Hogsett Announces Eleven Individuals Indicted By Federal Grand Jury For Cocaine Drug Trafficking
INDIANAPOLIS - Joseph H. Hogsett, United States Attorney, and representatives from the Indiana State Police, the Marion County Prosecutor’s Office and the Indianapolis Metropolitan Police Department (IMPD), announced today that federal charges have been filed and are being brought in furtherance of a long standing investigation named “Operation Family Ties” involving a drug trafficking operation in Indianapolis.
Hogsett announced that a federal grand jury returned an indictment charging the following individuals with cocaine trafficking:
Benigno Reyes-Contrerra, 27
Edgar Dominguez-Castillo, 25
Gerardo Baltierra, 29
Fellipe Maguellal, 22
Wade Havvard, 36
Antjuan Dyson, 36
Larry Eugene Coe, 39
Tuwanna Harney, 37
Timika Highbaugh, 39
Waimond Jackson, 53
Earnest McCain, 55
All 11 defendants have been charged with conspiracy to possess with intent to distribute a controlled substance. Today’s indictment exposes these defendants to mandatory minimum sentences and higher maximum prison sentences than they originally faced when they were charged in state court.
Beginning in March 2010, IMPD began an investigation into a cocaine drug trafficking operation the Butler-Tarkington neighborhood of Indianapolis. Detectives learned that the organization had been trafficking in cocaine for more than two years.
It is alleged that Wade Havvard, Larry Coe and a previously federally indicted individual, Marvin Golden, 35, were significant cocaine traffickers in the Butler-Tarkington area. Hundreds of telephone and text messages were sent between them consistent with drug trafficking. It is alleged they would stash the cocaine in houses around the Butler-Tarkington area then sell to other middle- level dealers who would distribute the cocaine on the northwest side of Indianapolis.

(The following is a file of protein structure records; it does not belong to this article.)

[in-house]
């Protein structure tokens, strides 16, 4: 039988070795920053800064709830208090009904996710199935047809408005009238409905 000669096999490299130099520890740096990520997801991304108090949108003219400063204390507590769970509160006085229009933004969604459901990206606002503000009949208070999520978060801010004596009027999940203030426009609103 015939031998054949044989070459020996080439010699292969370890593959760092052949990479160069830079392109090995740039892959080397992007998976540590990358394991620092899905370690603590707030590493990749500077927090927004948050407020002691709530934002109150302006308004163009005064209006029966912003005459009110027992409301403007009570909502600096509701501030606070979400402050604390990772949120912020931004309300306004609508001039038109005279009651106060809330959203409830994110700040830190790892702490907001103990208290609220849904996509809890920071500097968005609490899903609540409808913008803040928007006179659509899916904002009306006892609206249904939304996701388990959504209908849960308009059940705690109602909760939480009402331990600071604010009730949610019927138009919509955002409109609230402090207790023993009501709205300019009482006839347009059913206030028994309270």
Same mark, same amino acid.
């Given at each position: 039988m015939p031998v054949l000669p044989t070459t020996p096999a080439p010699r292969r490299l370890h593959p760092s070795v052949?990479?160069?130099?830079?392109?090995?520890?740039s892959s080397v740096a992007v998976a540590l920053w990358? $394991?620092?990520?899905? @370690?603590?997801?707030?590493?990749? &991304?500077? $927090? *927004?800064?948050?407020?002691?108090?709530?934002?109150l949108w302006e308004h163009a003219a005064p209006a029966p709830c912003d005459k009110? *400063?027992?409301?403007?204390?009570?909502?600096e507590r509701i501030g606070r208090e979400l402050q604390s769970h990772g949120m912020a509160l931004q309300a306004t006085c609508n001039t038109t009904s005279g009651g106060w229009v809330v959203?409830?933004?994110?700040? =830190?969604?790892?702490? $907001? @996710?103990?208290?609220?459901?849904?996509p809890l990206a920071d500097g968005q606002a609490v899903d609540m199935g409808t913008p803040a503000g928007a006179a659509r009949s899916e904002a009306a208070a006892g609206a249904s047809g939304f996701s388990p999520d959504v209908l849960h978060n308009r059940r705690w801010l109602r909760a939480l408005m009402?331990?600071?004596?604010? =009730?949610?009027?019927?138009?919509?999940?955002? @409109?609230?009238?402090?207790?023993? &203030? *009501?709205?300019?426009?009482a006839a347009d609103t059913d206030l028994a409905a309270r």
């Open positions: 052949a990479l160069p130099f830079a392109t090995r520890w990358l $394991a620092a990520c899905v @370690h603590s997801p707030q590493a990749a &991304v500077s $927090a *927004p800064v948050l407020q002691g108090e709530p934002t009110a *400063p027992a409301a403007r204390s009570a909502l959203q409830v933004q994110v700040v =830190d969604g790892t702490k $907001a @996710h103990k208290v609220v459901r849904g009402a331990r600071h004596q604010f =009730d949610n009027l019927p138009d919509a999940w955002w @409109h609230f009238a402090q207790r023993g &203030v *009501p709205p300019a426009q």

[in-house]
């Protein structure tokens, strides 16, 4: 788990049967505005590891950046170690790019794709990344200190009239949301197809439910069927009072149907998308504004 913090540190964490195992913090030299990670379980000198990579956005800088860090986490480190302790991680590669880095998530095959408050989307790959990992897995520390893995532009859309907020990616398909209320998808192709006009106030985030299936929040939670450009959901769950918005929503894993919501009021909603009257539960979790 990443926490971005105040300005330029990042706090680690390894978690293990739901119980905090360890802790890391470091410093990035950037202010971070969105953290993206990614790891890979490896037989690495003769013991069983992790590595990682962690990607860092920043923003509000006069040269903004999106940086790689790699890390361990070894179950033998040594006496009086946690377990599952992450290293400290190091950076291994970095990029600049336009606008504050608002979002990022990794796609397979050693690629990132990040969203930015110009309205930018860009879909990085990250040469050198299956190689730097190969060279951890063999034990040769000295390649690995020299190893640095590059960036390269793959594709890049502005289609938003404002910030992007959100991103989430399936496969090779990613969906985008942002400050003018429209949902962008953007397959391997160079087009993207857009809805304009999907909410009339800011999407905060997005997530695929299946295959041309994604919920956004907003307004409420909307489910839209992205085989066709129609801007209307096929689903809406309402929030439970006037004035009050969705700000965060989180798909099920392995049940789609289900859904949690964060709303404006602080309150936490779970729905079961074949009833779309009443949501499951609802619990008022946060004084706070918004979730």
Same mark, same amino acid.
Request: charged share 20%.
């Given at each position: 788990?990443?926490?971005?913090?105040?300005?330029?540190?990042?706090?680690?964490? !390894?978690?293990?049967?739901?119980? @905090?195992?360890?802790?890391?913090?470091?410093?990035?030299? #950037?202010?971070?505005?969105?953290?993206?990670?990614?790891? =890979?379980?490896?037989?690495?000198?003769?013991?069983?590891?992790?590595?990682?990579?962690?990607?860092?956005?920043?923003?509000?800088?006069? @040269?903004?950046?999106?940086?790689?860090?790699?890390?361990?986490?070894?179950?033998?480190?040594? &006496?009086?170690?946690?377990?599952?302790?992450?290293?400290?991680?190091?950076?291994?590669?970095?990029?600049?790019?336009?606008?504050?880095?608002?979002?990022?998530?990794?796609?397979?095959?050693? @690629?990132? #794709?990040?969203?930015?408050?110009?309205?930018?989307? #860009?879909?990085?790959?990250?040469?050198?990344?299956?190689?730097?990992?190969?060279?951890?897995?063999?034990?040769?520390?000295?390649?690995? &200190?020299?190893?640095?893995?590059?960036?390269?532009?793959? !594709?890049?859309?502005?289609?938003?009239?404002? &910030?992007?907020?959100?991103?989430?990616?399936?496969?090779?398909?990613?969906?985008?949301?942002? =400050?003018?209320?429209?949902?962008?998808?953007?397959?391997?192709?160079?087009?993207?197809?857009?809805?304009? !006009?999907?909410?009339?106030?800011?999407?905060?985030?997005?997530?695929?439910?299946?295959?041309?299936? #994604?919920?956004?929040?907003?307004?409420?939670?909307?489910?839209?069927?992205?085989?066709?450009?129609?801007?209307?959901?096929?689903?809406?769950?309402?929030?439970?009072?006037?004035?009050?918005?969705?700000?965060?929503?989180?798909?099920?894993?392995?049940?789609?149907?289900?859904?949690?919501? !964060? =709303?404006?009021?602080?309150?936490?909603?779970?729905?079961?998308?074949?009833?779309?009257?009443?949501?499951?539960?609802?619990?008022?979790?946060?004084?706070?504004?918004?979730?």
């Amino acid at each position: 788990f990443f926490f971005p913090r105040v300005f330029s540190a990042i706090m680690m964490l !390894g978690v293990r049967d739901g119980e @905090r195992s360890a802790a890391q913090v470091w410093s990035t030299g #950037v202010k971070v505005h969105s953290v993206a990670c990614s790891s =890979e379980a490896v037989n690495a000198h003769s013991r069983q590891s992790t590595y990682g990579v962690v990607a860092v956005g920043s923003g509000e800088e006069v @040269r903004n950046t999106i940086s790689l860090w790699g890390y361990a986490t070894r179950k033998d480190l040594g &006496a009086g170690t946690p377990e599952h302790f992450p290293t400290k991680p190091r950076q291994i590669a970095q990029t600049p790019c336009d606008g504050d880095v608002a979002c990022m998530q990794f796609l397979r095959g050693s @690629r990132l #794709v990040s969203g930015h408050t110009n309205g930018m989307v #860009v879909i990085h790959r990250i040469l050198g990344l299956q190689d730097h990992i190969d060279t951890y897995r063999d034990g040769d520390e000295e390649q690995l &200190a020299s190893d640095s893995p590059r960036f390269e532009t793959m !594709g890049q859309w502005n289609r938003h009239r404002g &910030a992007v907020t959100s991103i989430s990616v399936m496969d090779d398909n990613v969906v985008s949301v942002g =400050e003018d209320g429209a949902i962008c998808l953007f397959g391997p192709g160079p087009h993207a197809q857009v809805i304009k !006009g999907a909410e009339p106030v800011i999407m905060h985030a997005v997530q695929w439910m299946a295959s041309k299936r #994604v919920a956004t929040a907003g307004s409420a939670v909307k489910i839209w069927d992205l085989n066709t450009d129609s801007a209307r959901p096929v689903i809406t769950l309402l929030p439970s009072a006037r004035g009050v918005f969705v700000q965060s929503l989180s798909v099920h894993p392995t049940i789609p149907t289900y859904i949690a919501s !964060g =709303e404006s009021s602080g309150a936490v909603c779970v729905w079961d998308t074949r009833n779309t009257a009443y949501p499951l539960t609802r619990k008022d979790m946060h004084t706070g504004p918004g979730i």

The investigation culminated in the arrest of over 40 individuals in early January 2014, at which time more than 6 kilograms of cocaine was confiscated. Also seized at the time of arrests were marijuana, nine guns, six vehicles and approximately $198,000 in cash.
United States Attorney Hogsett said, Athe alleged conduct in this case is unacceptable for our community. We seek to impose the harshest penalties on those who refuse to observe even the most basic assumptions of civil society. I have promised to seek out the worst of the worst and hold them fully accountable and based on the allegations in the indictment; these defendants justify enhanced penalties in federal court”
Hogsett further praised his local partners by saying, “I want to thank all of our law enforcement partners, particularly the Drug Enforcement Administration, the Indiana State Police, and the Indianapolis Metropolitan Police Department, for their dedication to taking these drugs off the street, and, therefore, making our neighborhoods safer. I also want to personally thank the Marion County Prosecutor’s Office for their partnership in bringing these individuals to justice.”
According to Assistant U. S. Attorney Michelle Brady, who is the lead prosecutor in the case for the government, if convicted, some of the defendants face a minimum penalty of 10 years to life. Others face 20 years to life and three defendants face mandatory life sentences without the possibility of parole.
An indictment is only a charge and is not evidence of guilt. A defendant is presumed innocent and is entitled to a fair trial at which the government must prove guilt beyond a reasonable doubt.